Reference:  Comfort for Christians, Chapter 7.


Author: A.W. Pink
Topics: God-Discipline
4.
Let us not conclude when we see a fellow-Christian under the rod of God that he is necessarily being taken to task for his sins.

Let us not conclude when we see a fellow-Christian under the rod of God that he is necessarily being taken to task for his sins.

Reference:  Comfort for Christians, Chapter 7.


Author: A.W. Pink
Topics: God-Discipline
5.
He remembers our frame and knows that we are dust. He may sometimes chasten us, it is true, but even this He does with a smile, the proud, tender smile of a Father who is bursting with pleasure over an imperfect but promising son who is coming every day to look more and more like the One whose child he is.

He remembers our frame and knows that we are dust. He may sometimes chasten us, it is true, but even this He does with a smile, the proud, tender smile of a Father who is bursting with pleasure over an imperfect but promising son who is coming every day to look more and more like the One whose child he is.


Author: A.W. Tozer
Topics: God-Discipline
6.
We may feel God’s hand as a Father upon us when He strikes us as well as when He strokes us.

We may feel God’s hand as a Father upon us when He strikes us as well as when He strokes us.

Reference:  A Puritan Golden Treasury, compiled by I.D.E. Thomas, by permission of Banner of Truth, Carlisle, PA. 2000, p. 41.


7.
God has no pleasure in afflicting us, but He will not keep back even the most painful chastisement if He can but thereby guide His beloved child to come home and abide in the beloved Son.

God has no pleasure in afflicting us, but He will not keep back even the most painful chastisement if He can but thereby guide His beloved child to come home and abide in the beloved Son.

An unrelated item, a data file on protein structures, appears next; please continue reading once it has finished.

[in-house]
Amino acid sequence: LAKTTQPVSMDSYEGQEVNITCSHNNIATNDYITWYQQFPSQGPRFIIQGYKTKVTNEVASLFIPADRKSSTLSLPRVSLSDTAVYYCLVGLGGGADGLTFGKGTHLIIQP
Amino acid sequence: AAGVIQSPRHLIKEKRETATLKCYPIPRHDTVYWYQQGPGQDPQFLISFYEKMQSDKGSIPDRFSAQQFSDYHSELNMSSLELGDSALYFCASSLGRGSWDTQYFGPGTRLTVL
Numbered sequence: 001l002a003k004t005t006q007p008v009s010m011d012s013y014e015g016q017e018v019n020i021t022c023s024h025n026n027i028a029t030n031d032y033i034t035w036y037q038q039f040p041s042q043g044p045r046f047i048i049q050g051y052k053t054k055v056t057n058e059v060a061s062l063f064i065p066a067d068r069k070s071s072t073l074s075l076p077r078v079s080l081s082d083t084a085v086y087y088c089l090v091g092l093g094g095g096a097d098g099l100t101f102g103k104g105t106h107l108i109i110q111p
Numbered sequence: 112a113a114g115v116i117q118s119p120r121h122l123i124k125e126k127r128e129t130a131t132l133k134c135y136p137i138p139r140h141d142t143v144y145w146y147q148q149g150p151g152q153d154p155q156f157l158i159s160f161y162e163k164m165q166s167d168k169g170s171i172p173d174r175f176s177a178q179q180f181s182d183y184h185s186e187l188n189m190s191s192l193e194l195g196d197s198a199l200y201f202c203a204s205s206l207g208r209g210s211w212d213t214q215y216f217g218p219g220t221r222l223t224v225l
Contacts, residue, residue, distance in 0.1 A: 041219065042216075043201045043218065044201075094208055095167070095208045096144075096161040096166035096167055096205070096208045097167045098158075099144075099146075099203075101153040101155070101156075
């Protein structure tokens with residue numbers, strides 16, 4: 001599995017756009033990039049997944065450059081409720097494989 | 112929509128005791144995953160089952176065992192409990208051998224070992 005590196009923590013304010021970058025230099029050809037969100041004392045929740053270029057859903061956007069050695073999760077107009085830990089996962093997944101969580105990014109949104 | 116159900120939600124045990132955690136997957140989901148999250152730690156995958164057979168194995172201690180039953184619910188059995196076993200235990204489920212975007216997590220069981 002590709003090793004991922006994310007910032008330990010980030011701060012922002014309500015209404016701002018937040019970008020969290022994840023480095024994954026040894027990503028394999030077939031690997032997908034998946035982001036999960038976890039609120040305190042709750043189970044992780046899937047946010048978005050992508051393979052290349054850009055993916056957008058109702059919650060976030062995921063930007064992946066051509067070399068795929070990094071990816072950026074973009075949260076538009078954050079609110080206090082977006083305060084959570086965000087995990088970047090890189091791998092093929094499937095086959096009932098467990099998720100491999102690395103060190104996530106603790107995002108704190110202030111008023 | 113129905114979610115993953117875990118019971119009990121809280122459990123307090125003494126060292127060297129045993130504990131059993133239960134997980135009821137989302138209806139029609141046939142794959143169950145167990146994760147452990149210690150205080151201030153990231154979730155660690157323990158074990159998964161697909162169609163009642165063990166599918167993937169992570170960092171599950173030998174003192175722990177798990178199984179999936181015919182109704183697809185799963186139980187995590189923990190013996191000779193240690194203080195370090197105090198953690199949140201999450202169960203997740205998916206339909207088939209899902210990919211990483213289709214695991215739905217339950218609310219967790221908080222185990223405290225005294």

Author: Andrew Murray
Topics: God-Discipline
8.
It is never said, “Whom the Lord loveth He enricheth,” but it is said, “Whom the Lord loveth he chasteneth.”

It is never said, “Whom the Lord loveth He enricheth,” but it is said, “Whom the Lord loveth he chasteneth.”


9.
God never punishes his children in the sense of avenging justice. He chastens as a father does his child, but he never punishes his redeemed as a judge does a criminal. It is unjust to exact punishment from redeemed souls since Christ has been punished in their place. How shall the Lord punish twice for one offense?

God never punishes his children in the sense of avenging justice. He chastens as a father does his child, but he never punishes his redeemed as a judge does a criminal. It is unjust to exact punishment from redeemed souls since Christ has been punished in their place. How shall the Lord punish twice for one offense?


Author: C.H. Spurgeon
Topics: God-Discipline
10.
No matter how dear you are to God, if pride is harbored in your spirit, He will whip it out of you. They that go up in their own estimation must come down again by His discipline.

No matter how dear you are to God, if pride is harbored in your spirit, He will whip it out of you. They that go up in their own estimation must come down again by His discipline.


11.
God’s people can never by any possibility be punished for their sins.  God has punished them already in the person of Christ, their substitute. But yet, while the Christian cannot be condemned, he can be chastised. Punishment is laid on a man in anger; God strikes him in wrath. But when he afflicts His child, chastisement is applied in love. The rod has been baptized in deep affection before it is laid on the believer’s back.

God’s people can never by any possibility be punished for their sins.  God has punished them already in the person of Christ, their substitute. But yet, while the Christian cannot be condemned, he can be chastised. Punishment is laid on a man in anger; God strikes him in wrath. But when he afflicts His child, chastisement is applied in love. The rod has been baptized in deep affection before it is laid on the believer’s back.